The stream of consciousness is a capricious thing. One never knows where its currents may lead. A friend’s comment about my recent reference to the Ma & Pa Kettle films prompted me to wonder what about those movies appealed to me at a young age. Why did I like them? Thinking about that led me, of course, to think about outhouses.
I think the Ma & Pa movies amused me (at age 10) because they reminded me so much of my grandparents’ friends & family. My maternal grandmother had an uncle. He was younger than she; not that unusual in Kentucky. Even though he was a successful farmer he never bothered to put indoor plumbing in their house aside from one cold-water pipe that came up through the kitchen floor. It had a faucet at the top. They were proud of having running water in the house but saw no need to go crazy with water heaters, sinks or toilets. People might think they were putting on airs.
I hated staying overnight at their house. I was a city kid. It was not just that the privy was 50 yards away and behind the chicken coop (and roosters can be mean when disturbed), but they did not waste money on foolishness like toilet paper. Opening the door to find the Sears Roebuck or Montgomery Ward’s catalog there was a mixed blessing. If it was new, the index was still in the center. The index pages were like onion-skin paper; like a phone book. If the index was already gone, however…. As my Aunt Margaret once observed; “Lord, don’t you hate those shiny pages?!”.
Another reason I disliked visiting the farm was he and his wife both chewed tobacco. They had beautiful antique furniture but behind every chair was a Folger’s coffee can acting as a spittoon. There was newspaper on the floor under the cans; just in case. I’m probably making it sound more attractive than it actually was.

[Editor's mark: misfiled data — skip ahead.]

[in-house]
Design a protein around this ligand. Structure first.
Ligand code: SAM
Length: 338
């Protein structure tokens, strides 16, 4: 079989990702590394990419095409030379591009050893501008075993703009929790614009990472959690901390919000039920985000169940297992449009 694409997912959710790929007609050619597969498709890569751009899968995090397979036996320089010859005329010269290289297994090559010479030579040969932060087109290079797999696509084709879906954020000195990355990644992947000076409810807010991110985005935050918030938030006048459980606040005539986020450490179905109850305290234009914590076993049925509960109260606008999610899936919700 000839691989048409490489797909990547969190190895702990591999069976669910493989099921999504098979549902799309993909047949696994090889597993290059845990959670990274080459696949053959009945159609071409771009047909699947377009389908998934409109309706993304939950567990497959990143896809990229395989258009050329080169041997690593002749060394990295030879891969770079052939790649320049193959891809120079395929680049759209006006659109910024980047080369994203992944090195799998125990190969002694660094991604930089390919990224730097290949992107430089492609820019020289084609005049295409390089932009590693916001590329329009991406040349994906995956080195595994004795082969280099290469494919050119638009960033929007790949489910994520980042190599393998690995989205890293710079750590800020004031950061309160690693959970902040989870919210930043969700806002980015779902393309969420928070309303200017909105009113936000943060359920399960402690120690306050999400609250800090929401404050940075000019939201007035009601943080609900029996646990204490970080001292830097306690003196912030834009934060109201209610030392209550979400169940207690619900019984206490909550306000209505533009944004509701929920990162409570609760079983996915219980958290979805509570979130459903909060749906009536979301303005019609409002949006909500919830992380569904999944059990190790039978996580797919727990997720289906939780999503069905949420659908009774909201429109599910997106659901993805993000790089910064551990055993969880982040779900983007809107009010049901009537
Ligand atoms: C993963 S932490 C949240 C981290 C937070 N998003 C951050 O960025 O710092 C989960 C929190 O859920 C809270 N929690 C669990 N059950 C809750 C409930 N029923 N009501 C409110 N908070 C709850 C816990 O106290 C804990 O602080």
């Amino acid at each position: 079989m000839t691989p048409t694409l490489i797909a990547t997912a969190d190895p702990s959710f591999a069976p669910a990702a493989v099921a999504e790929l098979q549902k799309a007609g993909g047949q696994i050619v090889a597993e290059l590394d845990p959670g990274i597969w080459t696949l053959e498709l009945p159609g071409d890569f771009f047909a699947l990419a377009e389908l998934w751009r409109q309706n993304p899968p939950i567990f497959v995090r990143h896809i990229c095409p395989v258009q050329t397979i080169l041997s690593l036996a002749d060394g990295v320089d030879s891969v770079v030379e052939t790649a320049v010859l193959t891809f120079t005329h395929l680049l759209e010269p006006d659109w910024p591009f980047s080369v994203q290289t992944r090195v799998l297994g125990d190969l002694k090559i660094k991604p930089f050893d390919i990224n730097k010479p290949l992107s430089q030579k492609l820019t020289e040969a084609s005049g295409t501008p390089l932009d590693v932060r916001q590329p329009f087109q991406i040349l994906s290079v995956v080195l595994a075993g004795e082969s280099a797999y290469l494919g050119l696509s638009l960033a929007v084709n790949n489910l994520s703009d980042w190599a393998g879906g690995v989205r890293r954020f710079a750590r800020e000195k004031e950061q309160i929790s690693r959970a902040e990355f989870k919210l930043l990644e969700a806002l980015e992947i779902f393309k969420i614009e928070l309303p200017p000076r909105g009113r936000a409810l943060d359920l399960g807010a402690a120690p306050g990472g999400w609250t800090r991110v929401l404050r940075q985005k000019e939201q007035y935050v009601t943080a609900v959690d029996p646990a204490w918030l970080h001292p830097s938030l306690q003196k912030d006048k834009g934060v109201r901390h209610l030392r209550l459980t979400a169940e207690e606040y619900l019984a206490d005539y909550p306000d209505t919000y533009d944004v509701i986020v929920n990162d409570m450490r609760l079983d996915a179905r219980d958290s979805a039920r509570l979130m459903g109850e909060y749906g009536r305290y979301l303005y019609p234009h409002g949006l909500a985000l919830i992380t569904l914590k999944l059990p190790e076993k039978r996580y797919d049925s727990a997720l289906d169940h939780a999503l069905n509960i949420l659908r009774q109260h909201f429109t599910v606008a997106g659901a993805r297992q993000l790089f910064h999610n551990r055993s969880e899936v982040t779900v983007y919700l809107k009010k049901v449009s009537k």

My paternal grandparents had an outhouse as well. Interestingly, they had running water in their kitchen. They had a real kitchen sink with both hot and cold water and a sprayer and everything, thank-you-very-much; just no toilet in the house. If forced to choose, I might have gone the other way on that decision but I was a little kid and no one asked for my vote.
Their privy situation was made more interesting because they did not live on a farm out in the country. They lived close to town on a paved street and had neighbors on both sides. And their outhouse was a ‘two-holer’. I guess that was a status thing. They did live “in the Heights”, which I guess meant something. I don’t know what being “in the Heights” meant exactly but living near town had at least one advantage. They got home delivery of the local daily newspaper; if you catch my meaning. See catalog reference above.
Anyway, I think that’s why I liked the Ma & Pa Kettle movies. They were like a family reunion broadcast in living black & white on Saturday mornings on WGN. I felt like I could see the ‘home folks’ but still be within a few feet of something that flushed.